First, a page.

MPS on brink of gov't takeover says chairman
'Capital increase or bank gets nationalized'17 December, 18:37
"We will work through December 30 to make the capital increase happen," Chairman Alessandro Profumo told reporters in an interview. Asked whether he would resign should majority shareholder Monte dei Paschi Foundation succeed in delaying the move to May, Profumo replied, "the Foundation's vote at the shareholders meeting will be crucial. Let's see what happens then". MPS already had to recapitalize in 2012, when it lost over $2 billion in the first half in the wake of rising yields and declining valuations on Italian government debt. It did so again in January 2013, when news went public that top management had entered into secret derivatives contracts with Deutsche Bank and Nomura in order to hide estimated losses of 500-750 million euros in two of its divisions.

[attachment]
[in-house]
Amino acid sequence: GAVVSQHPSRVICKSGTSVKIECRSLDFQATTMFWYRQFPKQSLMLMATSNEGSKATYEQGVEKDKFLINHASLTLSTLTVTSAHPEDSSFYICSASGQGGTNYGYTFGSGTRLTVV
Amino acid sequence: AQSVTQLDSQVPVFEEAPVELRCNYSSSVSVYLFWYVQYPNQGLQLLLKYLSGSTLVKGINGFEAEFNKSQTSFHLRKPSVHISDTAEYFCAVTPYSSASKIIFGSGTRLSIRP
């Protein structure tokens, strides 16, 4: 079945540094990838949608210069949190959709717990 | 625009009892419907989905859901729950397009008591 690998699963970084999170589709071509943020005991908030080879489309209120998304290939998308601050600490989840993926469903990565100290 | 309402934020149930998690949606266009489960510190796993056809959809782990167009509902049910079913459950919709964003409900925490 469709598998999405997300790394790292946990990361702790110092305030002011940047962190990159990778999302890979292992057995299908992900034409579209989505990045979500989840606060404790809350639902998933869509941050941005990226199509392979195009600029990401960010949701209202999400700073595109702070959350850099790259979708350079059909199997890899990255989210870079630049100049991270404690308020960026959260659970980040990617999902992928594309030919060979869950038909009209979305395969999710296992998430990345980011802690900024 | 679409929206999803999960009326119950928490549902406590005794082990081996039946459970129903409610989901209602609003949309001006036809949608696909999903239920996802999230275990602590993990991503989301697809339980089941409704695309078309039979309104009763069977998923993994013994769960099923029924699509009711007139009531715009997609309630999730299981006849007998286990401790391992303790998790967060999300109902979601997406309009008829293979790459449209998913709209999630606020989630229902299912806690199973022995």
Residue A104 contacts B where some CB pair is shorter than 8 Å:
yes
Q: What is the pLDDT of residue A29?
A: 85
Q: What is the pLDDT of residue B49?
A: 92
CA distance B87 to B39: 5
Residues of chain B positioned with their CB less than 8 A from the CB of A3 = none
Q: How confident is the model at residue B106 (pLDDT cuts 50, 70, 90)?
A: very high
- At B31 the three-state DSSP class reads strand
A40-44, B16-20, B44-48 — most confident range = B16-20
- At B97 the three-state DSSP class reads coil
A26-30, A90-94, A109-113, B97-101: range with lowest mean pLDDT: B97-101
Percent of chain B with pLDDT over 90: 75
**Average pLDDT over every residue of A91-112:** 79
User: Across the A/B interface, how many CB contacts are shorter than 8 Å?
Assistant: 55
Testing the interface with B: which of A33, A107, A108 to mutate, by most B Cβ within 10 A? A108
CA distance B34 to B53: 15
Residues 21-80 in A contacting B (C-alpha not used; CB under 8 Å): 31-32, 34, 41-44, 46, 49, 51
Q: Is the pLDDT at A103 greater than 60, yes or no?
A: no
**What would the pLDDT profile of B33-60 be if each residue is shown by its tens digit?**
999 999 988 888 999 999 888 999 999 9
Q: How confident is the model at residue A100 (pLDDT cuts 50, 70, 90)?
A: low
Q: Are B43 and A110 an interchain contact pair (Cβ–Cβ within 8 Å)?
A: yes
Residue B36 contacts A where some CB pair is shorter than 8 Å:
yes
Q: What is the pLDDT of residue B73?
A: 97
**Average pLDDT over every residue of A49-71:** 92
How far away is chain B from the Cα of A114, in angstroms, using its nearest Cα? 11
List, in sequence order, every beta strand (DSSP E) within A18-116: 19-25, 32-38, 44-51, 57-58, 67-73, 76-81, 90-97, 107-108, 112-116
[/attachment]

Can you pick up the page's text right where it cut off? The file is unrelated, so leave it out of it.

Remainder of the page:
The firm sparked fresh controversy this year when it was accused of misleading Italy's market regulator in October 2012, shortly before it received a 4.1-billion-euro State bailout.
MPS is already at the center of a judicial investigation into its acquisition of smaller rival Antonveneta in 2008 as well as the derivatives trades the bank allegedly used to conceal losses. Former Chairman Giuseppe Mussari and former director general Antonio Vigni, who left in early 2012, are both under investigation for market manipulation, false statements to the market and regulatory obstruction in relation to the Antonveneta deal and the derivatives trades. Both deny any wrongdoing.
Founded in 1472 by the magistrate of the city state of Siena, MPS is the oldest surviving bank in the world and Italy's third-largest bank.